Texas Living

Why You Need to Start Making Cold Brew Iced Tea

By Peter Simek 8.24.22

It’s a tradition that marks the start of summer: a glass jug filled with water and Lipton tea bags left in the sun to slowly brew delicious iced tea. But while sun-brewed tea will forever conjure nostalgic images of summertime, if you are in search of the perfect warm-weather refresher, then it is time you try cold brew iced tea. Cold brew iced tea is smoother and sweeter than hot or sun-brewed tea. That’s not an opinion—the science backs it up. When dry tea leaves steep in hot water, water molecules are energized and rapidly agitate the leaves, causing flavor molecules to dissolve more quickly. This can draw more bitter tannins out of the tea leaves. Cold water, on the other hand, slows the process, and the result is a deliciously smooth cup of tea.

You only need three ingredients to make a perfect cup of cold brew iced tea: tea leaves, water, and patience. The third ingredient is key. Cold brewing tea can take anywhere from six to 12 hours, depending on the tea varietal you choose. But once you try it, you’ll find that the results are worth it. Soon, you’ll have your own cold brew tea technique down and on rotation.

Getting Started

Deciding the type of tea you want to make is the most important decision when preparing to make cold brew tea. Traditional tea brands such as Lipton work fine, but you may also want to try out some different flavors such as oolong or white tea. The important thing to keep in mind is that different tea varietals will require different steeping times. White or green teas should steep for six to eight hours. Black or oolong teas are strong and will require a longer steeping time—around eight to 12 hours—to draw out all the flavor.

cold brew iced tea
Photo by Imani Chet Lytle


Tea: Most recipes recommend loose tea, which is generally higher quality than tea that comes in bags. If you are using tea bags, you may have the best results by cutting the bags and allowing the tea to steep loose (don’t worry, we’ll strain it later.)

Water: The better the water quality, the better the tea. Cool filtered water is best.

Containers: Any large container with a lid will work fine, though glass jars are preferred. Plastic can leach unwanted flavors (and other nasty things) into your tea. Also, find a container that suits the quantity of tea you need. Since it can take upward of 12 hours to brew a replacement batch, you want to make sure you don’t run out midsip. Many avid cold brew tea drinkers also use multiple containers, so they continue brewing on rotation to ensure a steady supply.

Straining: A regular kitchen sieve will work well when straining the tea after steeping. For best results, add a layer of cheesecloth to the sieve when straining.  

cold brew iced tea
Photo by Imani Chet Lytle


  • Combine the tea and filtered water. If you are using loose-leaf tea, a good ratio is 1 teaspoon of tea for every 6 to 8 ounces of water. You may want to experiment with ratios for the first few batches to see how strong you like your cold brew iced tea.
  • Variation: Add some lemon, mint, or cucumber to the brew for some natural sweetness and zest.
  • Let the tea steep in the fridge for six to 12 hours, depending on the tea you use.
  • Strain! Pour the tea through the cheesecloth and strainer into a storage vessel.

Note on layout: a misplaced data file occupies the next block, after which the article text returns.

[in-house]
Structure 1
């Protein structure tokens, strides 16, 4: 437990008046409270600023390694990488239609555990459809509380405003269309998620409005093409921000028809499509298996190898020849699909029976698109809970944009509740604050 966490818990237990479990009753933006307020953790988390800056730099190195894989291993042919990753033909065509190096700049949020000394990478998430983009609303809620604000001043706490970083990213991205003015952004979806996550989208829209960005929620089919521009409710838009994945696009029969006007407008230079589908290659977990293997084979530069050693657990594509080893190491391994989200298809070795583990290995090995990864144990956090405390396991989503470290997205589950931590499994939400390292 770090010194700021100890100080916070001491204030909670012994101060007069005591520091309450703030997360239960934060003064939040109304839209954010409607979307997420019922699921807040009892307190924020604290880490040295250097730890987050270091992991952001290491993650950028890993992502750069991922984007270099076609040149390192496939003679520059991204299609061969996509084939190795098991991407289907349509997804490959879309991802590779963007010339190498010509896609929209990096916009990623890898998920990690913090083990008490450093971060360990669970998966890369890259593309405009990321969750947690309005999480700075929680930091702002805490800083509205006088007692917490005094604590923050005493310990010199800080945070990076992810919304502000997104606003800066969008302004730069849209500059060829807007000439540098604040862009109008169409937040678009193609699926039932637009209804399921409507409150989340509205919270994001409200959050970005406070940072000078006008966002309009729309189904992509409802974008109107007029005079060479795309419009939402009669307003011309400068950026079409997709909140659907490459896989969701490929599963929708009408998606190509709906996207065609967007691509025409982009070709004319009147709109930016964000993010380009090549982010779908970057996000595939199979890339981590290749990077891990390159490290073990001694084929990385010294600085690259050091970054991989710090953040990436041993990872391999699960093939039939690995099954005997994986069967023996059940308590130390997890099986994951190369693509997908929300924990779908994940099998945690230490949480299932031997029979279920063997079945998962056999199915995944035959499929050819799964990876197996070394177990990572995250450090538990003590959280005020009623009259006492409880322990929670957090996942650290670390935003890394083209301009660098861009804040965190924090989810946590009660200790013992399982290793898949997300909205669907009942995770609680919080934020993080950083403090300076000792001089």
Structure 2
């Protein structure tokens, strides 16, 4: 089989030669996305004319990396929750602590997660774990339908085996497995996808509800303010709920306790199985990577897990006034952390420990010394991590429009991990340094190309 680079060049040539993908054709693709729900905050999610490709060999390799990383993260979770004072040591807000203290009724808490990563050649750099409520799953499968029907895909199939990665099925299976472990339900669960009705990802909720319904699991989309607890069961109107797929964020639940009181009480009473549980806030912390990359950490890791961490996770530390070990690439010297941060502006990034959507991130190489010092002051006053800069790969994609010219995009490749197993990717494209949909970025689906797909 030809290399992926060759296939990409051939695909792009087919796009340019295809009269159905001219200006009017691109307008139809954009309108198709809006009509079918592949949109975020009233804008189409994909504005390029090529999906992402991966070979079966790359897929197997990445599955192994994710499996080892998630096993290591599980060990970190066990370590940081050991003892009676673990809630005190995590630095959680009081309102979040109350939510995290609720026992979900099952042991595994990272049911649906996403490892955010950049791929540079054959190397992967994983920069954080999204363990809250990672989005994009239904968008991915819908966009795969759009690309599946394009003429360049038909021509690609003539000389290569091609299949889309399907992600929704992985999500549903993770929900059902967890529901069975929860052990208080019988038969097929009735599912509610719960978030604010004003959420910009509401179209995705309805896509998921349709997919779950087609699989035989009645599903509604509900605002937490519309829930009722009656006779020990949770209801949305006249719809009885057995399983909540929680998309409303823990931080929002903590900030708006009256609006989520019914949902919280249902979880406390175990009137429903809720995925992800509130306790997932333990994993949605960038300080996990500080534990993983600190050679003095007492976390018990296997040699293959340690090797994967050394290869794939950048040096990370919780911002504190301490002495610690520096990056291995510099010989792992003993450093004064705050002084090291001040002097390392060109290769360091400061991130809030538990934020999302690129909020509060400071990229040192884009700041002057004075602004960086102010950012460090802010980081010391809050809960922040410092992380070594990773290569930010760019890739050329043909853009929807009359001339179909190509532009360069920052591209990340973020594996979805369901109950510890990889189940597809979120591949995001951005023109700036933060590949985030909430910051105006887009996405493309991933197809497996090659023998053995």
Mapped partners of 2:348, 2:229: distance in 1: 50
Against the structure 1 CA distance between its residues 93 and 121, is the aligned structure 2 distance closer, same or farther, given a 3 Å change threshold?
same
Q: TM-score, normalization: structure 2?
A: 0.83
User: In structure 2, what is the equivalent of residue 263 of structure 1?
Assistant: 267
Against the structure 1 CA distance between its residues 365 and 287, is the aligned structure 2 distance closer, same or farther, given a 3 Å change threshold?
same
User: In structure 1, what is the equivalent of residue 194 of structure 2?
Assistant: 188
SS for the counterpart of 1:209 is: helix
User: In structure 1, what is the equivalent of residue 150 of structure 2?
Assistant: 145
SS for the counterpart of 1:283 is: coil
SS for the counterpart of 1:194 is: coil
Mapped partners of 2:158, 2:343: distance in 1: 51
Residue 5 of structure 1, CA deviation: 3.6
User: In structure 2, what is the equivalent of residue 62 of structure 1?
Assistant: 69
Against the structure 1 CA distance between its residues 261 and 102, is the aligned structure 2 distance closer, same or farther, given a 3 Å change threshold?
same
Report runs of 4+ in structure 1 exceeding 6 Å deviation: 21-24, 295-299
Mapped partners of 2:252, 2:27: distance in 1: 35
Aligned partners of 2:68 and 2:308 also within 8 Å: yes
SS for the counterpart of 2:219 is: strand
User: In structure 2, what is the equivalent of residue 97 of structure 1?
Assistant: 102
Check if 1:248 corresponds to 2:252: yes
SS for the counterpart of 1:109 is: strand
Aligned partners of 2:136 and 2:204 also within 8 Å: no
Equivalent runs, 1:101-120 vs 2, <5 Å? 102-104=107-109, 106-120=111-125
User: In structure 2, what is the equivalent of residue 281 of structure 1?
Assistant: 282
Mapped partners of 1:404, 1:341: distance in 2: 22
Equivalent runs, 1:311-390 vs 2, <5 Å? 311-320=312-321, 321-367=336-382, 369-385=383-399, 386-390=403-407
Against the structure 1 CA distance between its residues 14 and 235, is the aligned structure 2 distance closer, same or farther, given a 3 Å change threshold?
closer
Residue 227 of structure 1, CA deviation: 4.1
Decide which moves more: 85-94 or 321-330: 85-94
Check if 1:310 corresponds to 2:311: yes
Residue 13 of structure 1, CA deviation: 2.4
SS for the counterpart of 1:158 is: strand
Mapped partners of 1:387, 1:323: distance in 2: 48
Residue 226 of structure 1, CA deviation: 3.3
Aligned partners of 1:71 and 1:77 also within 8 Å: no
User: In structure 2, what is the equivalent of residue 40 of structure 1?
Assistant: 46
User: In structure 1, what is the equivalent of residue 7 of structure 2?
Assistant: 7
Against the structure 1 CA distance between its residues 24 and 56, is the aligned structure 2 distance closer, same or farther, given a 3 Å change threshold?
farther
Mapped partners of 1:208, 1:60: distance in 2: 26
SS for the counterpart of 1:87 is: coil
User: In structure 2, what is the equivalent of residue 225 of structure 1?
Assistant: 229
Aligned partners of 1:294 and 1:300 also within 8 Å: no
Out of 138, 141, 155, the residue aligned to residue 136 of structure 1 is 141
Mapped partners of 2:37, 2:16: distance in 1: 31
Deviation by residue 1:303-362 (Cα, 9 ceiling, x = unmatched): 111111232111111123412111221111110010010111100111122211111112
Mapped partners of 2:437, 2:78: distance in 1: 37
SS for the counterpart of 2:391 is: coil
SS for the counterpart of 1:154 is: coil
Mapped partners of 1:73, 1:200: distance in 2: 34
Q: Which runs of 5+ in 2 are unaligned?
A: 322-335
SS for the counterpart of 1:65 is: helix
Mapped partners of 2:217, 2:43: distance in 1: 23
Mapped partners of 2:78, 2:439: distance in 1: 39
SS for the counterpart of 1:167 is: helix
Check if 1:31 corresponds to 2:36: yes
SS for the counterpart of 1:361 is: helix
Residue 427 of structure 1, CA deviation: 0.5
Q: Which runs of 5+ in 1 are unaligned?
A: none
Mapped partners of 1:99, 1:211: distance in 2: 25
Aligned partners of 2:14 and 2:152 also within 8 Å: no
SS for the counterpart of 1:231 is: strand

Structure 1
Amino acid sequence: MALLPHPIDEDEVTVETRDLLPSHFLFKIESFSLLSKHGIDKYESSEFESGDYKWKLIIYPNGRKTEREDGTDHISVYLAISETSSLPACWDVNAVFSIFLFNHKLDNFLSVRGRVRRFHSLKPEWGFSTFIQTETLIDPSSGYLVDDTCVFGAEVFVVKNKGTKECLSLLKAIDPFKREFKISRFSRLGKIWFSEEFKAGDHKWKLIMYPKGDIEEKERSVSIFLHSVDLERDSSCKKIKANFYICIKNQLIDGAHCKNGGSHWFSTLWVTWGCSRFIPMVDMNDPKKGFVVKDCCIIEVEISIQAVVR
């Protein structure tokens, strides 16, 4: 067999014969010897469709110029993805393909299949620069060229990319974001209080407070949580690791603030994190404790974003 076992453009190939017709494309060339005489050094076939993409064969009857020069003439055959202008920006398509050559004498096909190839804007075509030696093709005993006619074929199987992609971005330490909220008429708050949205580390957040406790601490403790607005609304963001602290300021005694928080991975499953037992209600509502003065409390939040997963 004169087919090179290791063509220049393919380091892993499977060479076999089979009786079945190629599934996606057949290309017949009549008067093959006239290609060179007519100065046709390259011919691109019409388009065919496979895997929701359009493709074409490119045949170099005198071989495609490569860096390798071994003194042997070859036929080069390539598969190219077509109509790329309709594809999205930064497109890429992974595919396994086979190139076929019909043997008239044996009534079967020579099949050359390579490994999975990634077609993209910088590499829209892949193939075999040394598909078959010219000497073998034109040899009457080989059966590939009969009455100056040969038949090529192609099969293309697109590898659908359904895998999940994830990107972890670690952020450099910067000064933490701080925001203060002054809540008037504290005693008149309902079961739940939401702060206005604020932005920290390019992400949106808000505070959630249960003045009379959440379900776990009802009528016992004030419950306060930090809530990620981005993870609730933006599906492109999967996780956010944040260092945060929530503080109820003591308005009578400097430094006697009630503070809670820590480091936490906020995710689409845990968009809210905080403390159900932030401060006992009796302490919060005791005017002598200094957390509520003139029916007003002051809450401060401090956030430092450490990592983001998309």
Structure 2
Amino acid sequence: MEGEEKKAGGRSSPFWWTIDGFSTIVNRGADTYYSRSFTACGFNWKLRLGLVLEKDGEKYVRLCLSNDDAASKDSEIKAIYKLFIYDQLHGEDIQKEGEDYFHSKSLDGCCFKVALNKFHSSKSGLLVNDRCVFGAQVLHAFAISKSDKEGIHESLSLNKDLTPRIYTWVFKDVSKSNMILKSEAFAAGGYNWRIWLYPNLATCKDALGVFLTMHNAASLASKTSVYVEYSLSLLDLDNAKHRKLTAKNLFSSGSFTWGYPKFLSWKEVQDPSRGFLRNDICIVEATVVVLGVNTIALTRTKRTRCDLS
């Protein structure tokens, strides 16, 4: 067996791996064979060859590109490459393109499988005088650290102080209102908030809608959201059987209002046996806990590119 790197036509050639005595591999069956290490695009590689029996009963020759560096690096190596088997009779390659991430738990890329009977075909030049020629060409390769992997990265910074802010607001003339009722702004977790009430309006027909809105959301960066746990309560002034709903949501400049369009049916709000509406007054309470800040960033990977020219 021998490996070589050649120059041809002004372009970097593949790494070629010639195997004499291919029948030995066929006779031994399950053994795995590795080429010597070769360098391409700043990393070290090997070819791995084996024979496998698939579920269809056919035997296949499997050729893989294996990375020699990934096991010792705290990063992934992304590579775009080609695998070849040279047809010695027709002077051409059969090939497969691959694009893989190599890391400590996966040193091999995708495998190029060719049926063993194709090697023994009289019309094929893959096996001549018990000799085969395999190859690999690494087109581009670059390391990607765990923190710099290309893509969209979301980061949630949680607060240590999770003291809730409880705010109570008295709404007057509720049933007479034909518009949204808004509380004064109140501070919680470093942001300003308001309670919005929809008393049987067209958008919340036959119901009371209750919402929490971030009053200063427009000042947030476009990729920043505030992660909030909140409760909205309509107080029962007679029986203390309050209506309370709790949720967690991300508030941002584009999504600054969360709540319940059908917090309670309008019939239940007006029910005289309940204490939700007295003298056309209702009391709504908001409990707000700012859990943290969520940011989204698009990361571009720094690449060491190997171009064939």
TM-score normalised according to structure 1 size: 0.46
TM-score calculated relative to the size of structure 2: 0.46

• Serve. You may find that the smooth and sweet natural flavors of cold brew iced tea don’t require any extra sweetener. But if you like your iced tea sweet, try using simple syrup or agave rather than sugar.


If you are brewing in small batches, Cookie and Kate suggests using a French press, which can serve as both your steeping vessel and your strainer. Simply let your brew rest in the fridge, press, and serve.

Another small-batch, low-maintenance option is to use a cold brew coffee maker. These function similarly to a French press and are readily available in coffee shops and online.

Caffeine-Free Tea

Cold brew tea has less caffeine than hot steeped tea—another cold brew benefit for tea lovers who don’t like the occasional jittery aftereffects that come with tea. Slower steeping means less agitation and fewer caffeine molecules leaching over into the brew. But if you’re looking for a completely caffeine-free iced tea, simply use a tea varietal that doesn’t contain caffeine.

cold brew iced tea
Photo by Imani Chet Lytle

Expanding Your Cold Brew Iced Tea Palate

Cold brew iced tea blends well with other flavors. After you get your base tea brewing process down, try experimenting with some of these delicious concoctions:

Strawberry Basil Iced Tea
The organic coffee roaster Groundwork has a delicious spin on cold brew. When steeping black tea, add some strawberries, lemons, and basil for a sweet and savory finish:

  • 4 cups cold water
  • 4 teaspoons Iced Black Tea
  • 1/2 cup sliced strawberries
  • 1/2 lemon cut into thin slices
  • Small handful basil leaves

Watermelon Iced Tea
Tasha’s Artisan Foods also has a recipe that blends sweet fruit and strong tea that tastes great on its own and will inspire you to experiment with a range of tea and fruit combinations. Steep tea and mint in water in the refrigerator for eight to 12 hours. Strain and mix in watermelon puree, simple syrup, and lemon. Garnish with mint and some frozen watermelon balls.

  • 4 teaspoons broken orange pekoe tea/oolong
  • 4 cups water, room temperature
  • 4-5 mint leaves
  • 2 cups watermelon pureed and strained
  • Simple syrup or honey to taste simple syrup
  • 1-2 tablespoons lemon juice (optional)
  • Mint for garnish
  • Frozen scoops of watermelon balls for garnish (optional)

Learn more about the history of tea and try some Texas-inspired variations.

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